Many of the comments on the blogs and other news stories have shown no such restraint. Among the worst are those that suggest that, at 23 and with a bachelor’s degree in chemistry, Sangji was an experienced chemist who should have known better; that her death was, in fact, her own fault; and that UC and Harran are guilty of nothing at all. “Sheri was a big girl, an educated adult responsible for her own actions who did not need to be babysat in the chemistry lab,” one commenter wrote. Others maintain, essentially, that making an example of UC and Harran by throwing the book at them is the only way that the lax attitude toward safety in too many academic labs will be corrected.
Neither of these extreme positions seems appropriate to me. That UC and Harran should face no sanctions given the facts that are known is unacceptable. As Kemsley said to me in a conversation about the case, the only people who think of a 23-year-old as experienced are 21- and 22-year-olds. Sangji was clearly unprepared to conduct the experiment that killed her. Other people in Harran’s lab who were there at the time of the accident were just as ignorant of basic safety procedures.
That said, sending Harran to prison for what are all-too-common safety lapses in academic labs would be overly harsh and almost certainly counterproductive. We need to change the safety culture in academic labs, not shut them down. If Harran is found guilty of the charges against him, a hefty dose of community service—maybe teaching lab courses and lab safety in Los Angeles high schools—would be a much more appropriate penalty to impose on him.Here's my question: does anyone think that Professor Patrick Harran deserves to go to prison? Rudy doesn't. Paul doesn't. (I know that's the gamut of opinion in the chemblogosphere from A to G.) I haven't found anyone who think that Harran actually deserves to go to prison; those commenters that do advocate for it seem to do so pour encourager les autres, i.e. chemistry PIs. That's not just, nor is it going to happen.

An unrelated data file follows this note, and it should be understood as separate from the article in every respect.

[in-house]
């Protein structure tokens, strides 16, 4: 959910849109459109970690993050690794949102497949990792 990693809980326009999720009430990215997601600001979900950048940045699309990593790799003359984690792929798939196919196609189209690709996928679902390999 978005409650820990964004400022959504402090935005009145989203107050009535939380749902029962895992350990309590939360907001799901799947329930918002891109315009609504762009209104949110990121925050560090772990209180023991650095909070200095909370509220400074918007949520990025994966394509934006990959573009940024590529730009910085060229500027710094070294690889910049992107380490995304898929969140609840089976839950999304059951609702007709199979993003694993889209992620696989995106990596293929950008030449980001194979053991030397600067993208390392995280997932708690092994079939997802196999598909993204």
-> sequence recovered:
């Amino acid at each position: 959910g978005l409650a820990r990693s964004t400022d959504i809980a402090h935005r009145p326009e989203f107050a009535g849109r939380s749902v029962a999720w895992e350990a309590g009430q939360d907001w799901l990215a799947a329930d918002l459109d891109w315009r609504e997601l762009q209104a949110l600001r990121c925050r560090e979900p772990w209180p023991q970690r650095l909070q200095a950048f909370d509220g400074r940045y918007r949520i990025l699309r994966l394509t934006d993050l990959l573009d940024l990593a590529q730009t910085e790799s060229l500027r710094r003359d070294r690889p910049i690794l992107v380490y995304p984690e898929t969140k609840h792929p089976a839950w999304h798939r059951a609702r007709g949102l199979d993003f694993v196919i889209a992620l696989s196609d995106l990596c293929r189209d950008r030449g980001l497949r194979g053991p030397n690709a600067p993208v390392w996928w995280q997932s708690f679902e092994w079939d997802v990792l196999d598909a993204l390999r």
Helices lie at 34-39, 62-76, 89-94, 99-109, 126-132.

I think Harran going to prison is wildly unlikely and probably counterproductive. If Patrick Harran deserves to go to prison for the conditions in his laboratory, there are a lot of PIs in this country that are going to spend time in the slammer. That said, I'm willing to entertain reasons as to why he might deserve the harshest sanction possible.*
I'm inviting readers and commenters to make a rational case as to why Professor Harran deserves prison time. If you don't want to wrestle with the comment box, you can always e-mail me at chemjobber -at- gmail/dot/com. Commenters that are selected by me and/or by popular acclaim will be given a prominent spot on the blog -- probably next Tuesday's headliner for the day. (And if there are no cases for the prosecution (actually the sentencing phase), I'll do it myself.)
*I'm also willing to confess that all of this might be my possible prejudice that "professors who make serious and irresponsible mistakes are too nice and of the wrong socio-economic status to go to prison." But I have fairly serious policy (Kleiman-esque, if anyone cares) views on prisons, especially California ones.